Malaysia’s National Harmony and Reconciliation Bill 2014, which is in a draft stage, is facing a backlash from politicians opposed to outlawing discrimination against people based on their sexual orientation, said attorney Lim Chee Wee.
As a result, the bill’s drafters are considering whether to drop that language from the bill entirely.
Lim, who is the deputy chair of the National Unity Consultative Council’s working committee on law and policy, said several politicians have protested against the clause, which would prohibit discrimination on the grounds of gender.
As written, the draft states in Clause 7(1)(ii) that the government and all persons shall not unfairly discriminate against any person on the grounds of gender, including sexual orientation and identity.
“A few political parties are objecting to this, so there is uncertainty (whether it will be included in the final draft),” said Lim, who is the former president of the Malaysian Bar.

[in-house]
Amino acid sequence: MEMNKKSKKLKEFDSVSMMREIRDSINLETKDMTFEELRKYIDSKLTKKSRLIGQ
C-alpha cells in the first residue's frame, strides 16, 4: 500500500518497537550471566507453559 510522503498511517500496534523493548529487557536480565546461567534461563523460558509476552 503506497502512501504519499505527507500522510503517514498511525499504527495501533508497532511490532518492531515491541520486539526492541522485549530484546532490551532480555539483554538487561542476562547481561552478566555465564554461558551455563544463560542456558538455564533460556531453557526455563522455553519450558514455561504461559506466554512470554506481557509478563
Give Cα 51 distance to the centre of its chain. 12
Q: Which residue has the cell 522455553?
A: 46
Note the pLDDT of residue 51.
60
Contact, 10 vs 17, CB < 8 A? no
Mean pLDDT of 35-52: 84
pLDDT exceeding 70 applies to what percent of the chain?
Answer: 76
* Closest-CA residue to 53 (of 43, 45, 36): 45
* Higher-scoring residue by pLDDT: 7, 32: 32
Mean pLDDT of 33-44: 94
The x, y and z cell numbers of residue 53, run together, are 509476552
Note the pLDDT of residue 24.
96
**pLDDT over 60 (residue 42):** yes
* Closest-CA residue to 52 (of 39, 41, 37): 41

But in comments quoted by MSN News, Lim suggested that a prohibition against bias toward LGBTI people might still end up as the law of the land, even if that wording is dropped:
“[Lim] added that should the Bill be passed with the subsection removed, a judge could still extend the definition of gender as mentioned in Clause 7 to encompass sexual orientation.
” ‘It’s a question of where you want to expressly include (the prohibition of) discrimination based on sexual orientation.
” ‘Gender itself can be defined to mean sexual orientation. Either we drop this and allow the judges to decide, or we include it and let it be clear,’ said Lim.
“But he questioned why the Lesbian, Gays, Bisexuals and Transgenders (LGBT) community was stigmatised in Malaysian society, noting that it was not a criminal offence to be one.
” ‘Our criminal code doesn’t criminalise LGBTs, but only the act of sodomy – a type of sexual activity,’ said Lim, referring to Section 377A of the Penal Code. ‘You can be a member of the LGBT community but not commit 377A.’ “
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